The word cancer naturally brings fear and apprehension. Now, there are things we do everyday and things we are exposed to that can increase our risk of certain types of cancer and unfortunately, these things tend are somewhat hard to escape. They include;
1. Diesel fumes
Diesel engine fumes from automobiles and generators are classified as carcinogenic in humans according to the World Health Organization. It is comparable to second-hand cigarette smoke. It’s practically impossible to avoid breathing in diesel and petrol fumes especially when you are stuck in traffic.
It can be even more disadvantageous to your health if you work or live near these air pollutants. The more diesel fumes you breathe in, the higher your risk of developing respiratory problems such as asthma and lung cancer.
- Electronic devices
Mobile cell phones are the key electronic devices that may be a cause for concern. We hold our cell phones against our heads, and these electronic devices could contribute to cancerous tumours.
Cell phones basically emit radiofrequency energy, and the number of cell phone users has intensely increased over the years. National Cancer Institute reports that radiofrequency is a form of electromagnetic radiation which can be divided into two types: ionizing (X-rays, radon, and cosmic rays) and non-ionizing (radiofrequency, and power frequency).
Although cell phones are categorized under non-ionizing electromagnetic radiation and cannot damage DNA or cells directly, research has however suggested that it could increase the risk of cancer by reducing melatonin levels in the body. Melatonin has been shown to suppress the development of certain cancerous tumours.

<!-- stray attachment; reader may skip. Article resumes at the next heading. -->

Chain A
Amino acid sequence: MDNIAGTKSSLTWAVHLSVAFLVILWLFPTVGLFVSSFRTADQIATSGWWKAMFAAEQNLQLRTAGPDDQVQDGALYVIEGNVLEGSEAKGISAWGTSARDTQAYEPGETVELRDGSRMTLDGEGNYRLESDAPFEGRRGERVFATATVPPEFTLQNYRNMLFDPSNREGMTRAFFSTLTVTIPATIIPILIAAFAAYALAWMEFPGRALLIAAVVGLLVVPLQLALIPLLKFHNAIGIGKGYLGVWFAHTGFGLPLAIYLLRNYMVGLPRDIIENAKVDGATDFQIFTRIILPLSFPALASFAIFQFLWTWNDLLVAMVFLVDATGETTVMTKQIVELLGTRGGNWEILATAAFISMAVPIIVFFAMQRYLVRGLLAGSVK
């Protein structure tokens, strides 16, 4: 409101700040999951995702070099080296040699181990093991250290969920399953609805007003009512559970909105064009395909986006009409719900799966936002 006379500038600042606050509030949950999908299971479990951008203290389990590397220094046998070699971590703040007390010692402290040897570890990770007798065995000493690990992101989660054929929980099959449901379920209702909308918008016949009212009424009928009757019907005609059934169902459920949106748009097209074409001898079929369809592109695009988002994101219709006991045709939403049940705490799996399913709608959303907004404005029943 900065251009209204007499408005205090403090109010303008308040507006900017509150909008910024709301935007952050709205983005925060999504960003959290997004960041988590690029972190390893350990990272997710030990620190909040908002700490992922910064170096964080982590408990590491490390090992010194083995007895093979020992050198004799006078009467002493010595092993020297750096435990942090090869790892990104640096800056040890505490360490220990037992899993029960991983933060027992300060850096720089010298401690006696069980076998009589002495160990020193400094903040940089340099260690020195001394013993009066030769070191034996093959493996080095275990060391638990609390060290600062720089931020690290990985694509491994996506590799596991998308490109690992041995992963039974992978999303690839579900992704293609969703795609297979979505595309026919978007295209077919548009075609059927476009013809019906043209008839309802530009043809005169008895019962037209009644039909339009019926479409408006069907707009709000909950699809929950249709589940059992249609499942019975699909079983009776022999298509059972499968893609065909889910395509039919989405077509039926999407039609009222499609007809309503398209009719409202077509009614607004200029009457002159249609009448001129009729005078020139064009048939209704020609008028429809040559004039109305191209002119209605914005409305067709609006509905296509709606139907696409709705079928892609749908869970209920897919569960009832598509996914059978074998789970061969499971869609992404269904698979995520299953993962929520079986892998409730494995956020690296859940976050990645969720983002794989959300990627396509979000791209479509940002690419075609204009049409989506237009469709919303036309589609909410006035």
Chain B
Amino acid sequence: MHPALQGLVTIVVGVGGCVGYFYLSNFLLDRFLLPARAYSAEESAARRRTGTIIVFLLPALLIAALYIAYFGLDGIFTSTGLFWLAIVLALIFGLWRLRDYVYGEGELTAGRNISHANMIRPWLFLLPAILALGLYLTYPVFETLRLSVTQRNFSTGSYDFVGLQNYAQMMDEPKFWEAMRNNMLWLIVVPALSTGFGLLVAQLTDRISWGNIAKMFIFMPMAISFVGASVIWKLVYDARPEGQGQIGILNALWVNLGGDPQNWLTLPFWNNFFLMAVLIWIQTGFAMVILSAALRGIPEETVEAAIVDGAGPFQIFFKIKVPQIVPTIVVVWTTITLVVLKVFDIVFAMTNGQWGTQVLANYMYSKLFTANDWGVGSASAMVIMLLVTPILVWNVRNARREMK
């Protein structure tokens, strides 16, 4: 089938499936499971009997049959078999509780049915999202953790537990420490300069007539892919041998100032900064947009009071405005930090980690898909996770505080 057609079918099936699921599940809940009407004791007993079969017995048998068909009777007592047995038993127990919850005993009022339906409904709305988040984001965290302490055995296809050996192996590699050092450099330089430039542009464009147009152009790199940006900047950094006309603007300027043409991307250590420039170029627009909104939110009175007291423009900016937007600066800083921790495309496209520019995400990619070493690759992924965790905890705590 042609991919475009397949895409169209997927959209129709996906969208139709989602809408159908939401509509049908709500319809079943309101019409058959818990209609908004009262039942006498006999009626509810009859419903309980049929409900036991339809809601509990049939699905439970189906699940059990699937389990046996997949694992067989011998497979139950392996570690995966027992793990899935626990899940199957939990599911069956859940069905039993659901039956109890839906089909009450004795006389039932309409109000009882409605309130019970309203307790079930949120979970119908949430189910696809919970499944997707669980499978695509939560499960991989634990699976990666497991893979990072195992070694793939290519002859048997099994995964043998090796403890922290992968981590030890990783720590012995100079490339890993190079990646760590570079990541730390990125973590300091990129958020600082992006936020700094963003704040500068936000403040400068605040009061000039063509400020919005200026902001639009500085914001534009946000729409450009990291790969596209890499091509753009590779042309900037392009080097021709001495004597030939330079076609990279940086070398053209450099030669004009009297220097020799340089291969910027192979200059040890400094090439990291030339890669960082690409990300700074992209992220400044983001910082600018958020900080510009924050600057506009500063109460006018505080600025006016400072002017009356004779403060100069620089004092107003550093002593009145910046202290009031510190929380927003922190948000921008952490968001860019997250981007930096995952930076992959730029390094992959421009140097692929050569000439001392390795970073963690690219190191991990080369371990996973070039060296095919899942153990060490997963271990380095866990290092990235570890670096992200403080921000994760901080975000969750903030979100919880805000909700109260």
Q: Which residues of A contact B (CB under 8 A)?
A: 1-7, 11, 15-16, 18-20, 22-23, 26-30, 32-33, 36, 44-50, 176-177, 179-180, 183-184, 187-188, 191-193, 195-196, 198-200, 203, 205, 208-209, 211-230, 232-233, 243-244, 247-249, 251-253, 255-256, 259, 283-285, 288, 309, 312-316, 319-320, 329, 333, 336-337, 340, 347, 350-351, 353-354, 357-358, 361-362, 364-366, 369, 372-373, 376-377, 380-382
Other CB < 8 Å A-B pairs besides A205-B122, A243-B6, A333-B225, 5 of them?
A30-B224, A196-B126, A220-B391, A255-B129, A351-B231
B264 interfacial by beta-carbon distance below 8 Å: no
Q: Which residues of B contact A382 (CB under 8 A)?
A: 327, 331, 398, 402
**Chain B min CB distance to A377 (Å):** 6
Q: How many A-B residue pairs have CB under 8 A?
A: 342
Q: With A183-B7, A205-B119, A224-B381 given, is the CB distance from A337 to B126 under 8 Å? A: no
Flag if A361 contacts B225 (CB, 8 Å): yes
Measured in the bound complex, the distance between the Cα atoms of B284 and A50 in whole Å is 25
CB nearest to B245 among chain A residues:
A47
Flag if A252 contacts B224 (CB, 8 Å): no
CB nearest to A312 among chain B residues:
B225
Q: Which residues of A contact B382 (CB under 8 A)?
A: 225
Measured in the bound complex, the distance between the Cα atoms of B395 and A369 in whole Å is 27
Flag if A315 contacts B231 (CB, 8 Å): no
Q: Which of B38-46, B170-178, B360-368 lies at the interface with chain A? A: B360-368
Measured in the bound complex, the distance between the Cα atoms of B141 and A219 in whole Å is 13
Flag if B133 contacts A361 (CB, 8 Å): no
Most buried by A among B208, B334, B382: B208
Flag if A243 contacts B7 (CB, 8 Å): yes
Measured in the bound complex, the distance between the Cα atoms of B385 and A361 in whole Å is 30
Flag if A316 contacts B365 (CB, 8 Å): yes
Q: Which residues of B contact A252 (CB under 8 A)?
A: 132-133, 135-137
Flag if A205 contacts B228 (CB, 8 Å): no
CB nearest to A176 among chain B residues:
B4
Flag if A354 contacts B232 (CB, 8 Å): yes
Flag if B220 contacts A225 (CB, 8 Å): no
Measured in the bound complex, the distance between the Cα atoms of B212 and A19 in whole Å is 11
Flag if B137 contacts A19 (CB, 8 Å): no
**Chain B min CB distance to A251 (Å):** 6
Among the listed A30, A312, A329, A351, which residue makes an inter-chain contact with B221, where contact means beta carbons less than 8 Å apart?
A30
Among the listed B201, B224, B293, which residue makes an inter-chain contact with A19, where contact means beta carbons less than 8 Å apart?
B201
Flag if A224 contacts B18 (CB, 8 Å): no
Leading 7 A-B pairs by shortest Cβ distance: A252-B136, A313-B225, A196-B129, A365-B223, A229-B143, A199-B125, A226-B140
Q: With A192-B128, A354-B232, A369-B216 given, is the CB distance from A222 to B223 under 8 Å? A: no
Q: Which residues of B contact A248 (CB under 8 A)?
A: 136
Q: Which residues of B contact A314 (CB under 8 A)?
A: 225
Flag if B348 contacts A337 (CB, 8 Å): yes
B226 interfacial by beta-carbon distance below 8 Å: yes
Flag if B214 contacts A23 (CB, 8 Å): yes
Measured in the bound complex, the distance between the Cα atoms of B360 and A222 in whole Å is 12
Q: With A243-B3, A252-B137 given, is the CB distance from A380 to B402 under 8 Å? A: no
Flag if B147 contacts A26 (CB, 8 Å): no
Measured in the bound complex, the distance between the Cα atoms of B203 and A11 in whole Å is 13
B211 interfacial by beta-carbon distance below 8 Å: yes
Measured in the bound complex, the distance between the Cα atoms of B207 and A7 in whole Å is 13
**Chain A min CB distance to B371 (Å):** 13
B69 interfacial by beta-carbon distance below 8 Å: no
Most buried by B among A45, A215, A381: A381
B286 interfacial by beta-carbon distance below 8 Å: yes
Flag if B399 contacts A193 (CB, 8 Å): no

The Cancer Association of South Africa (CANSA) lists out the following tumours:
- Cancerous brain tumours such as gliomas
- Non-cancerous brain tumours such as meningiomas
- Non-cancerous tumours of the nerve endings that connect the brain to the ear
- Non-cancerous tumours of the salivary glands
3. Alcohol Consumption
Alcohol increases your risk of various types of cancers including cancer of the mouth, throat, oesophagus, larynx (voice box) liver, and breast, according to reports from National Cancer Institute. The risk increases for alcohol consumers who also smoke.
A previous discovered that alcohol was strongly linked to the diagnosis of breast cancer and the risk increases with the dose. It is advisable to limit alcohol consumption or drink in moderation. Women should limit their alcohol consumption to one glass daily and men to two glasses on regular basis.
National Cancer Institute reports that when meat is cooked at high temperatures such as grilling over an open fire or frying in a pan, heterocyclic amines (HCAs) and polycyclic aromatic hydrocarbons (PAHs) chemical are formed.
HCAs are created when amino acids, sugars, and creatine react at high temperatures. PAHs, on the other hand, are formed when fat and juices from meat over an open flame drip into the fire, causing flames.
Significant exposure to HCAs and PAHs can cause cancer in animals. Tumours of the breast, colon, liver, skin, lung, and prostate developed in animal test subjects. Although the dosage was much higher in the animal test subjects than consumed by human beings, evidence suggests that cooking meat at high temperatures could have devastating effects on our gastrointestinal tract.
5. Sitting too much
Sedentary behavior such as sitting or lying down for long periods daily can increase risk of colon and endometrial cancer. Physical activity and exercise could potentially lower your risk of developing different cancers and other chronic illnesses. According to reports from National Cancer Institute physically active people had a nearly 25% lower risk of developing colon cancer than physically less active people.
Being physically inactive is also associated with a number of other conditions such as obesity, hypertension and diabetes.